Before you lift a hammer, make sure your home improvements are well thought out.
*Unless the structure is flawed, leave the "bones" of the house alone. Some alterations are impractical, says Baltimore appraiser Edward Brockmeyer. Examples: moving a central staircase; building additions that clash with the house design; cutting windows in illogical places; converting closets to rooms lacking easy access.
*Hesitate before you sacrifice bedrooms. A change of furnishings, lighting and storage systems will turn a spare bedroom into a temporary study or sitting room. Converting the bedroom to a bathroom or insulated wine cellar, however, could be permanent. That might rob the house of an asset -- adaptable space you might need or want later.
*Once a garage always a garage, in many cases. In suburban communities with expensive houses and commuter orientations, attached garages hold value. Turning them into woodshops or dens can make them a difficult sell later, says Georgiana Simmel, a Realtor in Howard County.
*Don't rush to replace old with new. Restore chair rails and carved banisters; they are a house's character lines. Also, the voluptuous claw-foot tub is back in style; don't trade it for a fiberglass stall.
*Swimming pools give some buyers a sinking feeling. Pools offer their original owners entertainment and exercise. And chores. And potential liability. And no guarantee of recouping the cost when the house sells. If you'll have the only pool on the block, seek expert advice. If you have the only house on the block without one, make sure your neighbors aren't filling in theirs. Talk to your appraiser, your insurance agent and your real estate agent as well as competent pool contractors.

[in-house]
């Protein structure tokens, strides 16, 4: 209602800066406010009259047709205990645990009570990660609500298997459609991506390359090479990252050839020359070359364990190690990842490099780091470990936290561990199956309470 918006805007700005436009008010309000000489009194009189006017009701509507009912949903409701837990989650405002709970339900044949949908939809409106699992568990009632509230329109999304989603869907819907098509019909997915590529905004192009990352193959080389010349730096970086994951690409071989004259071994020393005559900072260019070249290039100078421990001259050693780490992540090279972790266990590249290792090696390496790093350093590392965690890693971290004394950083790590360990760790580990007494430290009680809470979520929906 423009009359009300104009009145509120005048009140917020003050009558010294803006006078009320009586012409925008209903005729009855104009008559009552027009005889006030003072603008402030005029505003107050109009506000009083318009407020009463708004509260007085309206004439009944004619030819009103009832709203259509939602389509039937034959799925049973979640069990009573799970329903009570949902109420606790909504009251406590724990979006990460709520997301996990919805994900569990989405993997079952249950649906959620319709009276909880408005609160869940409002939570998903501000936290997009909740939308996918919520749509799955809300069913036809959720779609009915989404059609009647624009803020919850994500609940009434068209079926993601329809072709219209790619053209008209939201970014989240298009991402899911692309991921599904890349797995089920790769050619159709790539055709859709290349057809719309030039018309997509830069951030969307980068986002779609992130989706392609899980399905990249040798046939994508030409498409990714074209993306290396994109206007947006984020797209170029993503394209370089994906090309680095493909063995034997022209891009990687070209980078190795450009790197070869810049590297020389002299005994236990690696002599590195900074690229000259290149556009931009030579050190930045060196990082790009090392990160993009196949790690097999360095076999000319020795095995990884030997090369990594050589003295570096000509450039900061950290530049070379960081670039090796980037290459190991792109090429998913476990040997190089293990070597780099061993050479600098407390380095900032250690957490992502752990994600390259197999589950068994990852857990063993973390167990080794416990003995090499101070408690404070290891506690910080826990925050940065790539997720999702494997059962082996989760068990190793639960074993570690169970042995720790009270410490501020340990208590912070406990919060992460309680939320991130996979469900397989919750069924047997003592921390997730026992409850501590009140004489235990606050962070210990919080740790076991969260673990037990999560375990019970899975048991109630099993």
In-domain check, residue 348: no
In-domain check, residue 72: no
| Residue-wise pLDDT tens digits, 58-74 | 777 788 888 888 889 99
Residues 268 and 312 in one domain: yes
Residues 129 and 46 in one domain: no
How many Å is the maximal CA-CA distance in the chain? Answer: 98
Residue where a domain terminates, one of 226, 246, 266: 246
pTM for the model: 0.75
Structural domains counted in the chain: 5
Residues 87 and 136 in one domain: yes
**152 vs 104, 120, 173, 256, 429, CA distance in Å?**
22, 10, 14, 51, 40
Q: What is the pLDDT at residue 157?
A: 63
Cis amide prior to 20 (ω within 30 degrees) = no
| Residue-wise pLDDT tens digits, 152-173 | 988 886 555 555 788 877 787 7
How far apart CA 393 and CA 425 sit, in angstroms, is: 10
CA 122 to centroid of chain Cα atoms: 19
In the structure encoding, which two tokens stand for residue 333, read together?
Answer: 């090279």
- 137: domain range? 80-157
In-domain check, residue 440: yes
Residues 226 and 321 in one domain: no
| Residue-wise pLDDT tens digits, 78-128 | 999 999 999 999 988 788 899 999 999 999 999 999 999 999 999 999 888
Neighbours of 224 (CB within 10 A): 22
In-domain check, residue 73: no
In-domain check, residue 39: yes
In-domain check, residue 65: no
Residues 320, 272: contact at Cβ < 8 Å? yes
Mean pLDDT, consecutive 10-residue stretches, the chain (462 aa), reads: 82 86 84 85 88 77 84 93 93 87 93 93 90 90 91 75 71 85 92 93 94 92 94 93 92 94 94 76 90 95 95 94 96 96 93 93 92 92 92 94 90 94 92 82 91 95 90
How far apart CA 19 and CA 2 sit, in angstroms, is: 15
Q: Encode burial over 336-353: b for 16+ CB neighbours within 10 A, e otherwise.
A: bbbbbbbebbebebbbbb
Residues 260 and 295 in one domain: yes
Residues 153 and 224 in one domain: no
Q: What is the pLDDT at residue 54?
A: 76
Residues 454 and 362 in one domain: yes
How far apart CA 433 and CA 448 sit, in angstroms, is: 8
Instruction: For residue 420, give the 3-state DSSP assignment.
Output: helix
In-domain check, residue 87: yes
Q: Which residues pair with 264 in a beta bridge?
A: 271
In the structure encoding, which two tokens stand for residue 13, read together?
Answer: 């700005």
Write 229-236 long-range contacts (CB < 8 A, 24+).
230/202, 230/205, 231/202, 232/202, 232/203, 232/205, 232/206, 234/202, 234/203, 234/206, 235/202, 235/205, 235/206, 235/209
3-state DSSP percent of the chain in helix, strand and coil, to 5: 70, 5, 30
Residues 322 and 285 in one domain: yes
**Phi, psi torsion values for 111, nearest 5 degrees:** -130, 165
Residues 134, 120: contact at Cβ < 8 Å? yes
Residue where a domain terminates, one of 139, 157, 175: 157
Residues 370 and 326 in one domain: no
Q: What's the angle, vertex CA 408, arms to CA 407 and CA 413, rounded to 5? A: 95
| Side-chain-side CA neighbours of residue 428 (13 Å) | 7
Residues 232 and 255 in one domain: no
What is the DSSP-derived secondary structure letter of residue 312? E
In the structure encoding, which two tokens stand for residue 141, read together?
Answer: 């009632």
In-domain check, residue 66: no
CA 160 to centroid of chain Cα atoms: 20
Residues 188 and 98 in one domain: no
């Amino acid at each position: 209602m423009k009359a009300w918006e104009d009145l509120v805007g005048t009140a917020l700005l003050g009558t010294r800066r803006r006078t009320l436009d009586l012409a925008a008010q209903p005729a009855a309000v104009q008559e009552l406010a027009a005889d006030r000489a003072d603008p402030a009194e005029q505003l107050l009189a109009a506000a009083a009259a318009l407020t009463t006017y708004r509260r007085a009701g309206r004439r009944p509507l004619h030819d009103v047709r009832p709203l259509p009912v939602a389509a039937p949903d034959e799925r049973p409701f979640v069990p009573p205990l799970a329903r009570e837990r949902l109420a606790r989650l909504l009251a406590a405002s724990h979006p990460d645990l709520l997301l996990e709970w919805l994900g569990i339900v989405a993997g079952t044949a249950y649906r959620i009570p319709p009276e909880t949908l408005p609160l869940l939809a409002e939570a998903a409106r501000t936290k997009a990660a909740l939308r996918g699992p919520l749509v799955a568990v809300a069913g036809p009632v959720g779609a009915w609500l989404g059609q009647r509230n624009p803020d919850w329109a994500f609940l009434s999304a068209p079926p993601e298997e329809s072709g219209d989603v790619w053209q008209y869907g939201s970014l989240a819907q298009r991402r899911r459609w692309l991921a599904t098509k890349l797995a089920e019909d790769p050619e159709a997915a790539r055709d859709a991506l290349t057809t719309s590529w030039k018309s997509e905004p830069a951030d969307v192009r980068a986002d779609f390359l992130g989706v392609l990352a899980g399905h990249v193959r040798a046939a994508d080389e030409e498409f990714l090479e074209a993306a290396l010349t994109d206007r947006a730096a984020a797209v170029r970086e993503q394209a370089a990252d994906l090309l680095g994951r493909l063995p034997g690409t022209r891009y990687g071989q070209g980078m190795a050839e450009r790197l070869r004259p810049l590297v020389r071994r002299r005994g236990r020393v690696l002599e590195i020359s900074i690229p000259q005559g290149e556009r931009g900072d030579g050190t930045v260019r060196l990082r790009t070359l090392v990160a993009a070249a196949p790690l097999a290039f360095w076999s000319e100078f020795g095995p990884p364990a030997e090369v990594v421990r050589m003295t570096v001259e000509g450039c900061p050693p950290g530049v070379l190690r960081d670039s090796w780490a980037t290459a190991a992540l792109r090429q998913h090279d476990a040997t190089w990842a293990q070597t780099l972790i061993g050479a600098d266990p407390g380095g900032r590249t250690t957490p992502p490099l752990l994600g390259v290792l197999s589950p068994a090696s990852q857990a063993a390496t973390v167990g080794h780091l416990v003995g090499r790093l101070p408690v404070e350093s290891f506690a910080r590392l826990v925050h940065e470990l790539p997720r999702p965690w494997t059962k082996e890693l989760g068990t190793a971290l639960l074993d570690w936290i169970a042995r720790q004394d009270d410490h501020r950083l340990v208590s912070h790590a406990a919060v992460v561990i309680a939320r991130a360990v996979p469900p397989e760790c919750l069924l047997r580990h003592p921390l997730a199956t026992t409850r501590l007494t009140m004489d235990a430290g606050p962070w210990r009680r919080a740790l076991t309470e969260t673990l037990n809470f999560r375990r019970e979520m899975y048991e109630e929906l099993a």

*Some cover-ups aren't improvements. Using a remodeling job to hide trouble, e.g., water seepage, will cost you more in the long run than fixing the problem now.
*Personality isn't always a plus. Your favorite color is apple red, but how long will you love red kitchen cabinets? Install white cabinets and buy red door pulls, a red table skirt, a red toaster. Be practical.
*Avoid low-quality materials. Top-of-the-line hardware and appliances aren't necessities. Durable, well-made products are.
*Finish what you start. Take on only one project or room at a time. "Do it slowly, do it well and do it completely," says Mr. Brockmeyer. Trails of exposed wiring, unfinished carpentry under sinks, and crooked cabinets that could have been rehung plumb will affect the job value.